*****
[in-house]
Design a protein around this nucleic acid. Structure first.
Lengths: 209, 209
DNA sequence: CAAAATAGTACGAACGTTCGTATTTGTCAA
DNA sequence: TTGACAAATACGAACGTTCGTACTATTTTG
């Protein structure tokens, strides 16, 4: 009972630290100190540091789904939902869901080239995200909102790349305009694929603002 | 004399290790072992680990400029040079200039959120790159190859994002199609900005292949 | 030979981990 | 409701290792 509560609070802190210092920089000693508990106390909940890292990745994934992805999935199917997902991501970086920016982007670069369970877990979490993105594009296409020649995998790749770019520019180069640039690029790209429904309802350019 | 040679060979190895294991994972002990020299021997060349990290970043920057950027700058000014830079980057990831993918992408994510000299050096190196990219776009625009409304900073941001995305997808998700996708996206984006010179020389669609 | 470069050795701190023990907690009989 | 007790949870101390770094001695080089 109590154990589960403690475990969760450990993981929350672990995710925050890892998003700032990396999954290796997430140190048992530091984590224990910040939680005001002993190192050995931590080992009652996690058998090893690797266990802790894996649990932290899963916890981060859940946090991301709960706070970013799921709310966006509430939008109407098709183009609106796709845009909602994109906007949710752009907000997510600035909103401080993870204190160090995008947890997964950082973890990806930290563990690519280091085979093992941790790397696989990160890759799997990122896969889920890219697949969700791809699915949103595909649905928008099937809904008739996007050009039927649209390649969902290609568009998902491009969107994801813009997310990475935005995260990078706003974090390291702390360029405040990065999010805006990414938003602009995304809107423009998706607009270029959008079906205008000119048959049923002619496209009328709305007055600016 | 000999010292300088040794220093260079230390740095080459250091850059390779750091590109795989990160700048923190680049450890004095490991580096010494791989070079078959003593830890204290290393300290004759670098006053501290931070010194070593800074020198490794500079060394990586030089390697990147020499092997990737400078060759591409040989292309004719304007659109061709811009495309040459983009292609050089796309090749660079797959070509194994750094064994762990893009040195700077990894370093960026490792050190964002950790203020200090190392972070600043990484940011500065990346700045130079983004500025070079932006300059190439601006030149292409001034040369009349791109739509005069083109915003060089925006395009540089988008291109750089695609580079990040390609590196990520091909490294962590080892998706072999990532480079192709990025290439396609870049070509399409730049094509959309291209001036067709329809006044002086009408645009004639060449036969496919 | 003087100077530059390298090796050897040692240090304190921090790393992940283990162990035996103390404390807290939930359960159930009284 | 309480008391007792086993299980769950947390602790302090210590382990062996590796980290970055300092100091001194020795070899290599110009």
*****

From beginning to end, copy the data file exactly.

[in-house]
Design a protein around this nucleic acid. Structure first.
Lengths: 209, 209
DNA sequence: CAAAATAGTACGAACGTTCGTATTTGTCAA
DNA sequence: TTGACAAATACGAACGTTCGTACTATTTTG
């Protein structure tokens, strides 16, 4: 009972630290100190540091789904939902869901080239995200909102790349305009694929603002 | 004399290790072992680990400029040079200039959120790159190859994002199609900005292949 | 030979981990 | 409701290792 509560609070802190210092920089000693508990106390909940890292990745994934992805999935199917997902991501970086920016982007670069369970877990979490993105594009296409020649995998790749770019520019180069640039690029790209429904309802350019 | 040679060979190895294991994972002990020299021997060349990290970043920057950027700058000014830079980057990831993918992408994510000299050096190196990219776009625009409304900073941001995305997808998700996708996206984006010179020389669609 | 470069050795701190023990907690009989 | 007790949870101390770094001695080089 109590154990589960403690475990969760450990993981929350672990995710925050890892998003700032990396999954290796997430140190048992530091984590224990910040939680005001002993190192050995931590080992009652996690058998090893690797266990802790894996649990932290899963916890981060859940946090991301709960706070970013799921709310966006509430939008109407098709183009609106796709845009909602994109906007949710752009907000997510600035909103401080993870204190160090995008947890997964950082973890990806930290563990690519280091085979093992941790790397696989990160890759799997990122896969889920890219697949969700791809699915949103595909649905928008099937809904008739996007050009039927649209390649969902290609568009998902491009969107994801813009997310990475935005995260990078706003974090390291702390360029405040990065999010805006990414938003602009995304809107423009998706607009270029959008079906205008000119048959049923002619496209009328709305007055600016 | 000999010292300088040794220093260079230390740095080459250091850059390779750091590109795989990160700048923190680049450890004095490991580096010494791989070079078959003593830890204290290393300290004759670098006053501290931070010194070593800074020198490794500079060394990586030089390697990147020499092997990737400078060759591409040989292309004719304007659109061709811009495309040459983009292609050089796309090749660079797959070509194994750094064994762990893009040195700077990894370093960026490792050190964002950790203020200090190392972070600043990484940011500065990346700045130079983004500025070079932006300059190439601006030149292409001034040369009349791109739509005069083109915003060089925006395009540089988008291109750089695609580079990040390609590196990520091909490294962590080892998706072999990532480079192709990025290439396609870049070509399409730049094509959309291209001036067709329809006044002086009408645009004639060449036969496919 | 003087100077530059390298090796050897040692240090304190921090790393992940283990162990035996103390404390807290939930359960159930009284 | 309480008391007792086993299980769950947390602790302090210590382990062996590796980290970055300092100091001194020795070899290599110009």